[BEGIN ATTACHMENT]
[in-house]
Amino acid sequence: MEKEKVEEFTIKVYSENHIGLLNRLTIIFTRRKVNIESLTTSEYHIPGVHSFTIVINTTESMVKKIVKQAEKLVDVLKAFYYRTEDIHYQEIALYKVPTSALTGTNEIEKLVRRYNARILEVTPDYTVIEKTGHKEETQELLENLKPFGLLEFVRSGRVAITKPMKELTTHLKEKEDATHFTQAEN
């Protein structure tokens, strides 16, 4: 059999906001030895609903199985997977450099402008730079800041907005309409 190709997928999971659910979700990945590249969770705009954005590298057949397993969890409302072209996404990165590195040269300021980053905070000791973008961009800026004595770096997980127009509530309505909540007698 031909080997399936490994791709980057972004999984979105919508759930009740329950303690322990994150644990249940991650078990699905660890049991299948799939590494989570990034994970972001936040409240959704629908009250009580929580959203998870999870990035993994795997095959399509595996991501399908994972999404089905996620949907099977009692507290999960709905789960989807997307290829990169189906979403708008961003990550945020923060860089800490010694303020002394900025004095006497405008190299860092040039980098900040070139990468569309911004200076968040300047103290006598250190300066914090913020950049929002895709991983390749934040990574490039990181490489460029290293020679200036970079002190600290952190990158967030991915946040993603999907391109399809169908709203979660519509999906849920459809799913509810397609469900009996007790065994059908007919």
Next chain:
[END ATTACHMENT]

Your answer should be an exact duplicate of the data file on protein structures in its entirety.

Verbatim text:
[in-house]
Amino acid sequence: MEKEKVEEFTIKVYSENHIGLLNRLTIIFTRRKVNIESLTTSEYHIPGVHSFTIVINTTESMVKKIVKQAEKLVDVLKAFYYRTEDIHYQEIALYKVPTSALTGTNEIEKLVRRYNARILEVTPDYTVIEKTGHKEETQELLENLKPFGLLEFVRSGRVAITKPMKELTTHLKEKEDATHFTQAEN
């Protein structure tokens, strides 16, 4: 059999906001030895609903199985997977450099402008730079800041907005309409 190709997928999971659910979700990945590249969770705009954005590298057949397993969890409302072209996404990165590195040269300021980053905070000791973008961009800026004595770096997980127009509530309505909540007698 031909080997399936490994791709980057972004999984979105919508759930009740329950303690322990994150644990249940991650078990699905660890049991299948799939590494989570990034994970972001936040409240959704629908009250009580929580959203998870999870990035993994795997095959399509595996991501399908994972999404089905996620949907099977009692507290999960709905789960989807997307290829990169189906979403708008961003990550945020923060860089800490010694303020002394900025004095006497405008190299860092040039980098900040070139990468569309911004200076968040300047103290006598250190300066914090913020950049929002895709991983390749934040990574490039990181490489460029290293020679200036970079002190600290952190990158967030991915946040993603999907391109399809169908709203979660519509999906849920459809799913509810397609469900009996007790065994059908007919």
Next chain: